Liebherr Group

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Liebherr Group
Industry Heavy equipment
Founded 1949
Headquarters Bulle, Switzerland
Key people
Isolde Liebherr and Willi Liebherr, CEO & Chairman
Products Construction & Agriculture Machinery, refrigerators
Revenue Increase 9.845 billion (2017)[1]
Increase 576 million (2017)[1]
Increase 331 million (2017)[1]
Total assets Increase 13.017 billion (2017)[1]
Total equity Increase 7.396 billion (2017)[1]
Number of employees
Increase 42,869 (2017)[1]
Website The Liebherr Group

The Liebherr Group is a large equipment manufacturer based in Switzerland with its main production facilities and origins in Germany. It consists of over 130 companies organized into ten Divisions: Earthmoving, Mining, Mobile Cranes, Tower Cranes, Concrete Technology, Maritime Cranes, Aerospace and Transportation Systems, Machine Tools and Automation Systems, Domestic Appliances, and Components. It has a worldwide workforce of over 42,000, with 9 billion euros in revenue for 2017.[1] By 2007, it was the world's largest crane company. Established in 1949 by Hans Liebherr[2] in Kirchdorf an der Iller, Baden-Württemberg, Germany, the business is still entirely owned by the Liebherr family. Isolde (daughter of Hans) and Willi (son of Hans) Liebherr are the chief executive and chairman of the Bulle, Switzerland-based Liebherr-International AG, and several other family members are actively involved in corporate management. In 2005, Forbes magazine listed them as billionaires. In 1974, the Franklin Institute awarded Hans Liebherr the Frank P. Brown Medal.[3]


Starting by building affordable tower cranes, Liebherr expanded into making aircraft parts – it is a significant supplier to European Airbus airplane manufacturer – and commercial chiller displays and freezers, as well as domestic refrigerators. The group also produces some of the world's biggest mining and digging machinery, including loaders, excavators and extreme-size dump trucks. The T 282 B is the world's 2nd biggest truck (after BelAZ 75710). The group's nine-axle mobile crane, the LTM 11200-9.1 – with a 100 metres (328 ft) telescopic boom – in 2007 received the heavy-lifting industry's Development of the Year award for being the world's most powerful example of such a machine.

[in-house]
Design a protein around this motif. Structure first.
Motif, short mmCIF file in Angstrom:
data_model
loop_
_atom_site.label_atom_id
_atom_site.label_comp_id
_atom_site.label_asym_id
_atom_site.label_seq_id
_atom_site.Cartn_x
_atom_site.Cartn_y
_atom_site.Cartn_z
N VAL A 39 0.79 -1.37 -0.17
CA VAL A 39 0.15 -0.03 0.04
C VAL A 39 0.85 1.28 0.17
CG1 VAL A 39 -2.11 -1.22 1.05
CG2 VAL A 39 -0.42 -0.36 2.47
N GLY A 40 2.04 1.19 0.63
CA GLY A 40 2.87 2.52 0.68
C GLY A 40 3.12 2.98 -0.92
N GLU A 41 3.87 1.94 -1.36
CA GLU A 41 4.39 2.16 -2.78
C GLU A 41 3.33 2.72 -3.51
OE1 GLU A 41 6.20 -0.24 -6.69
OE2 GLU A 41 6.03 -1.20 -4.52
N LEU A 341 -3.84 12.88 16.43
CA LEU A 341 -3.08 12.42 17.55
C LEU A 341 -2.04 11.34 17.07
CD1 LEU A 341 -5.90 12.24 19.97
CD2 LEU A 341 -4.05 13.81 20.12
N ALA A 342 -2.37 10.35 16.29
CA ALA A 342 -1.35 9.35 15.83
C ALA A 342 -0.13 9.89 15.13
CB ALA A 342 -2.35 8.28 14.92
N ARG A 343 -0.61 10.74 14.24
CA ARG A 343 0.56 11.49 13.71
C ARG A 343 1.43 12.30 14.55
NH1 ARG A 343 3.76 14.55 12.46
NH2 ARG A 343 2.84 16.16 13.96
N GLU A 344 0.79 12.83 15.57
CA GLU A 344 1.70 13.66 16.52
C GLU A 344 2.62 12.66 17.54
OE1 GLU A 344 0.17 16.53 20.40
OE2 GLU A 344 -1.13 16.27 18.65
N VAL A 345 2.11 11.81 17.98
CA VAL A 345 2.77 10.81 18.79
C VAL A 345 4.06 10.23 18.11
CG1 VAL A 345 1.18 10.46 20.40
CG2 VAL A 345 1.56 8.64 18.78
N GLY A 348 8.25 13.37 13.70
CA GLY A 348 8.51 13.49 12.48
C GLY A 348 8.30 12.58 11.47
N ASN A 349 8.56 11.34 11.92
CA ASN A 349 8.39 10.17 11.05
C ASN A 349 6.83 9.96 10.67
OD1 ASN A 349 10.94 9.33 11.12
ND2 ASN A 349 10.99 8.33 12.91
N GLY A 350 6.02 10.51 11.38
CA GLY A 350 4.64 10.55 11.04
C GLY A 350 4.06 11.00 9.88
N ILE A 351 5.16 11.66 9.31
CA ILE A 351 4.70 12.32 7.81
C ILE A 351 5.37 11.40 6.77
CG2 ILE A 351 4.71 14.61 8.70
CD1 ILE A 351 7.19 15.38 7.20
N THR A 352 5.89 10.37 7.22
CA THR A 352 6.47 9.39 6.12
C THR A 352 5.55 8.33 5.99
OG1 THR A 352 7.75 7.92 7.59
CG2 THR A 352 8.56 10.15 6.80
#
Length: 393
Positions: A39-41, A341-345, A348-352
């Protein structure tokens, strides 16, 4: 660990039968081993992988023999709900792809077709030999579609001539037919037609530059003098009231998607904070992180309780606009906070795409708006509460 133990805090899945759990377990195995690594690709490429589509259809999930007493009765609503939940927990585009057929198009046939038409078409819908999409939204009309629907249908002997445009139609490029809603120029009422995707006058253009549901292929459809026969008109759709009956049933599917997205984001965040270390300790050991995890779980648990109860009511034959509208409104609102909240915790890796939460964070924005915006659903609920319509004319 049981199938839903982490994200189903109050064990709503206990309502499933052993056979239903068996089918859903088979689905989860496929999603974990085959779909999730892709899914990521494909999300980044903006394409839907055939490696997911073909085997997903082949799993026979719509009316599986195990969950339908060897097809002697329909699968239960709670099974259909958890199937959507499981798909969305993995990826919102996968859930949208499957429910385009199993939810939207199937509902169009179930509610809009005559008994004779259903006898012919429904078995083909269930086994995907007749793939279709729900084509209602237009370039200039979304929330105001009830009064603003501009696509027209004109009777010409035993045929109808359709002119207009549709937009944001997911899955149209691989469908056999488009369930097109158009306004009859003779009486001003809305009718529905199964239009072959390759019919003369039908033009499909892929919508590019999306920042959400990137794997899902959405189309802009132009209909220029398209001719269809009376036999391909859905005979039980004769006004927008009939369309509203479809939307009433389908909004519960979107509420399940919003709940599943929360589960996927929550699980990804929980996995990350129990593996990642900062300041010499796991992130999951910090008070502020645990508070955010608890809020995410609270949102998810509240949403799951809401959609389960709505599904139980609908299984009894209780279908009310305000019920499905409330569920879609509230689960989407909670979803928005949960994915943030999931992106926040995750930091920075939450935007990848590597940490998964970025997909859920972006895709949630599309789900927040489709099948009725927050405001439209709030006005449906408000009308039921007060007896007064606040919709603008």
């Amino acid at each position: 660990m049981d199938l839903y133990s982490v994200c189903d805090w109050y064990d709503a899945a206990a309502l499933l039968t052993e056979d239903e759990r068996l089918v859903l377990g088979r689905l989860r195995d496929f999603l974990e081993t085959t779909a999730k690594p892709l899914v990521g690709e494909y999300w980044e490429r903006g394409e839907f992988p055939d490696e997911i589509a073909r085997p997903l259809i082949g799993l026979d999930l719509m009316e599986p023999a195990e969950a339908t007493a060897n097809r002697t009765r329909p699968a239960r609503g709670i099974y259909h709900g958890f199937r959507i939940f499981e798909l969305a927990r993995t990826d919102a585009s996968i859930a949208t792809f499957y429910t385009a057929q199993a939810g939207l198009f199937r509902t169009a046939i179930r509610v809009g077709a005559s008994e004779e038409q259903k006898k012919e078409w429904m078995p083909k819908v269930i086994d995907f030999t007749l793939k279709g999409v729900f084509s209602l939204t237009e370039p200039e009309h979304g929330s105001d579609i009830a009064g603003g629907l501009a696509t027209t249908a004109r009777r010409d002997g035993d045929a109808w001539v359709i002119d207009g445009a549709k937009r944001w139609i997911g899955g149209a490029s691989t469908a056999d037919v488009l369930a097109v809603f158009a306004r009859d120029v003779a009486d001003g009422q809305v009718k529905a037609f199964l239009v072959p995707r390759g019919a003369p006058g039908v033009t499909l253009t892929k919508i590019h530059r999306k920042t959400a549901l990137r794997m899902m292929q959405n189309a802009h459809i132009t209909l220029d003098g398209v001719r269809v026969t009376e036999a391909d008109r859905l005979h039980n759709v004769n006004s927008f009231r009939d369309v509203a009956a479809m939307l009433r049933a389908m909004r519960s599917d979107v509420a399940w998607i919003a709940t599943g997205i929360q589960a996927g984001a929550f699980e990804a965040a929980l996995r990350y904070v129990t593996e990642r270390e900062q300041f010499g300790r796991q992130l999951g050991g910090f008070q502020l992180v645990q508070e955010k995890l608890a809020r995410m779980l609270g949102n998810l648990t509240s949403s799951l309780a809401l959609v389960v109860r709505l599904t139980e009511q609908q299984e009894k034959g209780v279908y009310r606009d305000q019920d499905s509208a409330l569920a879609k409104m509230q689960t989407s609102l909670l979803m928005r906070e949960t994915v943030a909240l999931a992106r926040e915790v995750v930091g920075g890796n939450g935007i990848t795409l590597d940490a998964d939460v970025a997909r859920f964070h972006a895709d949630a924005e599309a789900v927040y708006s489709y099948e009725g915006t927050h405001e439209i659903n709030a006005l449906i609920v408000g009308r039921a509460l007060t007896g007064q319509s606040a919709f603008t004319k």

Over the years, the family business has grown into a group of varied companies and has locations in many countries, including Germany, Australia, Britain, Ireland, and the United States. Since 1958, its Irish factory in Killarney, Co. Kerry has built container cranes, exporting them worldwide through the port of Fenit. In Australia, the group in 2013 commenced an AU$65 million expansion of their local headquarters in Adelaide. The development includes adding a new three-storey office, workshops, warehouse, component plant, and distribution centre to the Para Hills facility.[4] In the U.S., the group in 2012 started spending US$45.4 million (about €34.1 million) on a three-year renovation and expansion of its Newport News, Virginia factory, offices and warehouse. The company sought to increase its production there beyond 100 mining trucks a year. On 19 February 2013, representatives from the Commonwealth of Virginia and the cities of Newport News and Hampton announced that they would make grants and incentives available for transport improvement, training, and property investment.[5] In addition, the Liebherr Group owns six hotels in Ireland, Austria and Germany.[6]

In April 2014, Liebherr announced they would invest 160 million euros at its production site in Bulle, Switzerland.[7]


The line of products manufactured by the company includes:

Liebherr has the world's most powerful and tallest crawler crane in LR 13000. It is capable of lifting 3,000 tonnes (2,953 long tons; 3,307 short tons) and has a maximum pulley height of 248 metres (814 ft). This is achieved with the attachment of an additional 126-metre-long (413 ft) lattice jib to the 248-metre (814 ft) main boom. The height of the crawler chassis is an additional 2 m (6 ft 7 in), which gives the lattice structure a total height of 248 m (814 ft). The maximum hoisting height is 245 m (804 ft) and the total ballast used is 1,900 tonnes (1,870 long tons; 2,094 short tons), including 1,500 tonnes (1,476 long tons; 1,653 short tons) of derrick ballast.[9][10]


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